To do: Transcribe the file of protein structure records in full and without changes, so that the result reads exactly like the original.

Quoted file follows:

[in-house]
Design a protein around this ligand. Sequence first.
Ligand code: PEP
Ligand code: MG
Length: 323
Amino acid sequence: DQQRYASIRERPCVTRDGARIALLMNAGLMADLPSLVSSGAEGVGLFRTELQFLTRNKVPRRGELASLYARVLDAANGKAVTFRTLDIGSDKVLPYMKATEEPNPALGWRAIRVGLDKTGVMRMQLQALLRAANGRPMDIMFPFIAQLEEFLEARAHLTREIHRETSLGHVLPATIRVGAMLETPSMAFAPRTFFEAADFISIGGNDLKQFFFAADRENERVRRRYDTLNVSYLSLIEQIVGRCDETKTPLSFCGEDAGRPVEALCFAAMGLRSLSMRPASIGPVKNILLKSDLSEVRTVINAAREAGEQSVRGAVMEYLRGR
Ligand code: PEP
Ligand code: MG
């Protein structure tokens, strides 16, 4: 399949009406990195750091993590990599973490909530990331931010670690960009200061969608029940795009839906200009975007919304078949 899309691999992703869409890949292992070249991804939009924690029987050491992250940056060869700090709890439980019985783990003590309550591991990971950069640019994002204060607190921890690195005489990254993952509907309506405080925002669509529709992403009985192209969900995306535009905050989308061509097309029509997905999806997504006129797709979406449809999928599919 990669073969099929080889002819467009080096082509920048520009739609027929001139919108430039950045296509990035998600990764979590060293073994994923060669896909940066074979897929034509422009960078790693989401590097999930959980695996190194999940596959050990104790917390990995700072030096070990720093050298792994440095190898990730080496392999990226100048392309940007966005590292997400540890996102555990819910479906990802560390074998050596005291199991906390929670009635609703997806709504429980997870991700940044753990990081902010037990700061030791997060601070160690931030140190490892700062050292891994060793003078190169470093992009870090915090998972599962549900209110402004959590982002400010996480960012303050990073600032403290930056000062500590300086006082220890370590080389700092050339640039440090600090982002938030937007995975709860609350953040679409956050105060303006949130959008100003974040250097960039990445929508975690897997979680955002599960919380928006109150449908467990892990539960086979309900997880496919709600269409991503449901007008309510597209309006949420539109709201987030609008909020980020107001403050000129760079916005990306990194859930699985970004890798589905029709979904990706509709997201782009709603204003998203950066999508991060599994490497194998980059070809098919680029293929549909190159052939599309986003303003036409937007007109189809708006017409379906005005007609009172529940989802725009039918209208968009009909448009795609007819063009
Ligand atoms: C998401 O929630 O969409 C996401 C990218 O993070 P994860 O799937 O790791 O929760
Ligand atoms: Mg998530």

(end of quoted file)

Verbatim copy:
[in-house]
Design a protein around this ligand. Sequence first.
Ligand code: PEP
Ligand code: MG
Length: 323
Amino acid sequence: DQQRYASIRERPCVTRDGARIALLMNAGLMADLPSLVSSGAEGVGLFRTELQFLTRNKVPRRGELASLYARVLDAANGKAVTFRTLDIGSDKVLPYMKATEEPNPALGWRAIRVGLDKTGVMRMQLQALLRAANGRPMDIMFPFIAQLEEFLEARAHLTREIHRETSLGHVLPATIRVGAMLETPSMAFAPRTFFEAADFISIGGNDLKQFFFAADRENERVRRRYDTLNVSYLSLIEQIVGRCDETKTPLSFCGEDAGRPVEALCFAAMGLRSLSMRPASIGPVKNILLKSDLSEVRTVINAAREAGEQSVRGAVMEYLRGR
Ligand code: PEP
Ligand code: MG
């Protein structure tokens, strides 16, 4: 399949009406990195750091993590990599973490909530990331931010670690960009200061969608029940795009839906200009975007919304078949 899309691999992703869409890949292992070249991804939009924690029987050491992250940056060869700090709890439980019985783990003590309550591991990971950069640019994002204060607190921890690195005489990254993952509907309506405080925002669509529709992403009985192209969900995306535009905050989308061509097309029509997905999806997504006129797709979406449809999928599919 990669073969099929080889002819467009080096082509920048520009739609027929001139919108430039950045296509990035998600990764979590060293073994994923060669896909940066074979897929034509422009960078790693989401590097999930959980695996190194999940596959050990104790917390990995700072030096070990720093050298792994440095190898990730080496392999990226100048392309940007966005590292997400540890996102555990819910479906990802560390074998050596005291199991906390929670009635609703997806709504429980997870991700940044753990990081902010037990700061030791997060601070160690931030140190490892700062050292891994060793003078190169470093992009870090915090998972599962549900209110402004959590982002400010996480960012303050990073600032403290930056000062500590300086006082220890370590080389700092050339640039440090600090982002938030937007995975709860609350953040679409956050105060303006949130959008100003974040250097960039990445929508975690897997979680955002599960919380928006109150449908467990892990539960086979309900997880496919709600269409991503449901007008309510597209309006949420539109709201987030609008909020980020107001403050000129760079916005990306990194859930699985970004890798589905029709979904990706509709997201782009709603204003998203950066999508991060599994490497194998980059070809098919680029293929549909190159052939599309986003303003036409937007007109189809708006017409379906005005007609009172529940989802725009039918209208968009009909448009795609007819063009
Ligand atoms: C998401 O929630 O969409 C996401 C990218 O993070 P994860 O799937 O790791 O929760
Ligand atoms: Mg998530």